Finally, they started to pull the money out of sharemarkets and debts in those countries. Some of the firms closed down. However, it was not the end of the story. There was a second attack to corporate firms. Because of pulling out the funds from firms, the foreign investors were trying to exchange back to their own currencies. Then the exchange rate started to drop down sharply. Some importers were losing much money and bankrupt in this period. However, some exporters also suffered in this depreciation of exchange rate because the costs of raw materials imported from overseas were more expensive than before.

Currency Crisis made the government to be panic. Then the government was trying to stablise the exchange rate by increasing the rate of interest. However, this action slowed down the investments again and more companies had more problems in paying their debts. There was a strong linkage between Asian countries meant that some companies borrowed from foreign companies then to make the foreign companies went bankrupt too. It is because the borrowers could not pay their debts and the feign lenders could not pay their debts as well. From, it shows that companies must try to hedge themselves.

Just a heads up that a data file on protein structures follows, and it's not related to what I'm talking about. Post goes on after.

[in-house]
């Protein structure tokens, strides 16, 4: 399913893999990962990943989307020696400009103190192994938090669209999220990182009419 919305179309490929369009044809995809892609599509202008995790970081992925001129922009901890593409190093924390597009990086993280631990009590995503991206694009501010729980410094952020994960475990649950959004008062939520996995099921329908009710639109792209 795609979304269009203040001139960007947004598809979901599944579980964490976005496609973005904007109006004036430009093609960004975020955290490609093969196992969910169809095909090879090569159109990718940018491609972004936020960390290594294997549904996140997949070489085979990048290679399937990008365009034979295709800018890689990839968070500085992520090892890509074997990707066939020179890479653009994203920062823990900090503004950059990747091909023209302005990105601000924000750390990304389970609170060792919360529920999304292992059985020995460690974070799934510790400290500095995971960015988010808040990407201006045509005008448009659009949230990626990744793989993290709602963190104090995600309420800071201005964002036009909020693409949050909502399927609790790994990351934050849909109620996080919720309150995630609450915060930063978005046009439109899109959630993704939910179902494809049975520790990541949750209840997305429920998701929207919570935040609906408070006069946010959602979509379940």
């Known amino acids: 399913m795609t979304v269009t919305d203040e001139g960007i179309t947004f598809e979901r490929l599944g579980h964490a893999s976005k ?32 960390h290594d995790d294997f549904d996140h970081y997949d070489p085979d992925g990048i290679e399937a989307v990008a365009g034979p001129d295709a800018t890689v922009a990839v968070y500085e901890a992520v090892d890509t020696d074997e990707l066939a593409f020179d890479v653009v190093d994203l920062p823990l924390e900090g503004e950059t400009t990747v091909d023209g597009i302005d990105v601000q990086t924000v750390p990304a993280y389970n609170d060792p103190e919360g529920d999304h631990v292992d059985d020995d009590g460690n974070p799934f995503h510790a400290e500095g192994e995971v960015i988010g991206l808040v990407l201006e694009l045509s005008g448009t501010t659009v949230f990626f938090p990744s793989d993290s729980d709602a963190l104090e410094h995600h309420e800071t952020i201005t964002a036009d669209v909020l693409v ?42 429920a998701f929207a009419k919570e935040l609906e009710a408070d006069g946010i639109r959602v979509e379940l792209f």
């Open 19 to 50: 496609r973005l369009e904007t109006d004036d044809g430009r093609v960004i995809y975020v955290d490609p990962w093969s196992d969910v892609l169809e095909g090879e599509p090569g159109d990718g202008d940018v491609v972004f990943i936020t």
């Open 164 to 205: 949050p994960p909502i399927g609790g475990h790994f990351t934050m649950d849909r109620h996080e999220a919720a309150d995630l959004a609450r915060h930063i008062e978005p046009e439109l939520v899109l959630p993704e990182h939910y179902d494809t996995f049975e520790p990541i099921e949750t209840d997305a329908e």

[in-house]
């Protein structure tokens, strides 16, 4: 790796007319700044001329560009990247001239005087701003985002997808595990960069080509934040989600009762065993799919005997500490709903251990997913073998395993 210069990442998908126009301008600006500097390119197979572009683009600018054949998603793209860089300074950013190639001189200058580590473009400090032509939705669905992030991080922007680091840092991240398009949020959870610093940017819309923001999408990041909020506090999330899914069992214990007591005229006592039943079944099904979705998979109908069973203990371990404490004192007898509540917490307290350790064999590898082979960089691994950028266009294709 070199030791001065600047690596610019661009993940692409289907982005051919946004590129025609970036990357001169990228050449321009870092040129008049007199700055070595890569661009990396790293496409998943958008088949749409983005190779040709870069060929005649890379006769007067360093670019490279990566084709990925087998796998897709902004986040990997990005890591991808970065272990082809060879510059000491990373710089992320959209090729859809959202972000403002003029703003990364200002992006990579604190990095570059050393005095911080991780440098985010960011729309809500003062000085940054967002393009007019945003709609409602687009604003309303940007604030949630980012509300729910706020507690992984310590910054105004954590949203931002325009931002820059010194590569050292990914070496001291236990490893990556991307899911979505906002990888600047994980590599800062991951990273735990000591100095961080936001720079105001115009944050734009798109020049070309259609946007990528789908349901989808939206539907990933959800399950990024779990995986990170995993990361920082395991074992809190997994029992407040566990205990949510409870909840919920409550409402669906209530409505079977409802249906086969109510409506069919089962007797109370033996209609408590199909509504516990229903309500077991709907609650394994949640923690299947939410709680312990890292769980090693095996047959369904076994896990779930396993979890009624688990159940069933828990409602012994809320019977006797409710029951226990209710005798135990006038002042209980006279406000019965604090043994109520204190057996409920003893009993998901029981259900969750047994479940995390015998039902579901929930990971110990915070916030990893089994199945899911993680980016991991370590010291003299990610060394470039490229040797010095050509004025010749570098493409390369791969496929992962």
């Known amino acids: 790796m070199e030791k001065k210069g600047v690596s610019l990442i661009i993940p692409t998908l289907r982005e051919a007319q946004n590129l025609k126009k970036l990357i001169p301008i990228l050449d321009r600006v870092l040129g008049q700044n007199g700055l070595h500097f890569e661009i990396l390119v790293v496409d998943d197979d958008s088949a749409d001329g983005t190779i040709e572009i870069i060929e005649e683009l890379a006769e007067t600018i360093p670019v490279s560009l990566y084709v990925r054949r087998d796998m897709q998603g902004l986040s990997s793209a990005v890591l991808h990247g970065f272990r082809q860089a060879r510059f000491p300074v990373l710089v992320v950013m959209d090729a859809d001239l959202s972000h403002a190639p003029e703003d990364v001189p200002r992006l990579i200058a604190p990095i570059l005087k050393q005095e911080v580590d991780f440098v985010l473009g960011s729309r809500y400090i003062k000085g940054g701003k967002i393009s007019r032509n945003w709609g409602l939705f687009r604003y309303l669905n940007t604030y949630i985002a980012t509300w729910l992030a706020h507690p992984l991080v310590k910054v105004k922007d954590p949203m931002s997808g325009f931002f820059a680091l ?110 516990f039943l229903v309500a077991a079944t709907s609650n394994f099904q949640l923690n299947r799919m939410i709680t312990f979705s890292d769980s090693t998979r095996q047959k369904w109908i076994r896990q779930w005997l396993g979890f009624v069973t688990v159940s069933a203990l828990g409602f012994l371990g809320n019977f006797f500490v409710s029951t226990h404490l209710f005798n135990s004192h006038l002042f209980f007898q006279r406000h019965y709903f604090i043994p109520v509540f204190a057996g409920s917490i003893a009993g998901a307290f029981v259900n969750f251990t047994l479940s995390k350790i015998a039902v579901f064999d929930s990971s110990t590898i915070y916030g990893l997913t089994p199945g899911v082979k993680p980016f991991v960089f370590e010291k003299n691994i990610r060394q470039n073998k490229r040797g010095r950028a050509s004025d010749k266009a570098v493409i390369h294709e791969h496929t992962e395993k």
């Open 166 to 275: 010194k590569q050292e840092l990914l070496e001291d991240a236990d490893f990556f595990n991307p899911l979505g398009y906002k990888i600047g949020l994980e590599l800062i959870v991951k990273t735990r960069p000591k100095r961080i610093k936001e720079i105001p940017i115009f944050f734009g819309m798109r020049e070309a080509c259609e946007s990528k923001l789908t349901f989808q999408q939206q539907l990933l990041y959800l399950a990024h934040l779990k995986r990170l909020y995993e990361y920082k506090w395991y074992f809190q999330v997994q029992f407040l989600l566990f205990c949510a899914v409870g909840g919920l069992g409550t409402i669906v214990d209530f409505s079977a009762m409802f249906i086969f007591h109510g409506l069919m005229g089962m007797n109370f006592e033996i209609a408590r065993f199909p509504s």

If not, some of them will be bankrupt like some companies in Asian crisis. Government sometimes will influence the exchange rate by direct and indirect ways. Direct way means that the government is trying to control or stablise the exchange rate by using policies. The exchange rate may increase the government debts or there is a strong negative effect to importers when the exchange rate depreciates and vice versa. Indirect way means that the government may try to control the economys growth and inflation and indirectly affect the exchange rate. I will discuss how government policies affect the exchange rate.